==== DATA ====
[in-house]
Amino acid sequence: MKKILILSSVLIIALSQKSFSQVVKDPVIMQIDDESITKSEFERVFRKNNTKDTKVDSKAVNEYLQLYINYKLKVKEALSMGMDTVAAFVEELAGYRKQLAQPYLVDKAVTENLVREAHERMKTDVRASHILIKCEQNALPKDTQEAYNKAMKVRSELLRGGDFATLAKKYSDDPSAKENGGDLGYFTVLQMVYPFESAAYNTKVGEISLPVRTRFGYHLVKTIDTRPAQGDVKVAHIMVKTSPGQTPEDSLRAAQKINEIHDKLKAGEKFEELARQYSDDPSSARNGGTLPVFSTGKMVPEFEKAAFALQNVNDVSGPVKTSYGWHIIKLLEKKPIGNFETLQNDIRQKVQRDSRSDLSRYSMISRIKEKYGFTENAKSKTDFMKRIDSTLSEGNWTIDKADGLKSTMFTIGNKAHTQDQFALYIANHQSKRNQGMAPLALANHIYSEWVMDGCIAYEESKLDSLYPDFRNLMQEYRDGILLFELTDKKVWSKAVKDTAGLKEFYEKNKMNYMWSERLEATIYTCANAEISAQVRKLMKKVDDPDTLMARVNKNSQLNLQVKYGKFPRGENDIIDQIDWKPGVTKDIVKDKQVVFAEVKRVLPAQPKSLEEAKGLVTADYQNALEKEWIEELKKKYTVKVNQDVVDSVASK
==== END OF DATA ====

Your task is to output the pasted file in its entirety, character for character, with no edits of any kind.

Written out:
[in-house]
Amino acid sequence: MKKILILSSVLIIALSQKSFSQVVKDPVIMQIDDESITKSEFERVFRKNNTKDTKVDSKAVNEYLQLYINYKLKVKEALSMGMDTVAAFVEELAGYRKQLAQPYLVDKAVTENLVREAHERMKTDVRASHILIKCEQNALPKDTQEAYNKAMKVRSELLRGGDFATLAKKYSDDPSAKENGGDLGYFTVLQMVYPFESAAYNTKVGEISLPVRTRFGYHLVKTIDTRPAQGDVKVAHIMVKTSPGQTPEDSLRAAQKINEIHDKLKAGEKFEELARQYSDDPSSARNGGTLPVFSTGKMVPEFEKAAFALQNVNDVSGPVKTSYGWHIIKLLEKKPIGNFETLQNDIRQKVQRDSRSDLSRYSMISRIKEKYGFTENAKSKTDFMKRIDSTLSEGNWTIDKADGLKSTMFTIGNKAHTQDQFALYIANHQSKRNQGMAPLALANHIYSEWVMDGCIAYEESKLDSLYPDFRNLMQEYRDGILLFELTDKKVWSKAVKDTAGLKEFYEKNKMNYMWSERLEATIYTCANAEISAQVRKLMKKVDDPDTLMARVNKNSQLNLQVKYGKFPRGENDIIDQIDWKPGVTKDIVKDKQVVFAEVKRVLPAQPKSLEEAKGLVTADYQNALEKEWIEELKKKYTVKVNQDVVDSVASK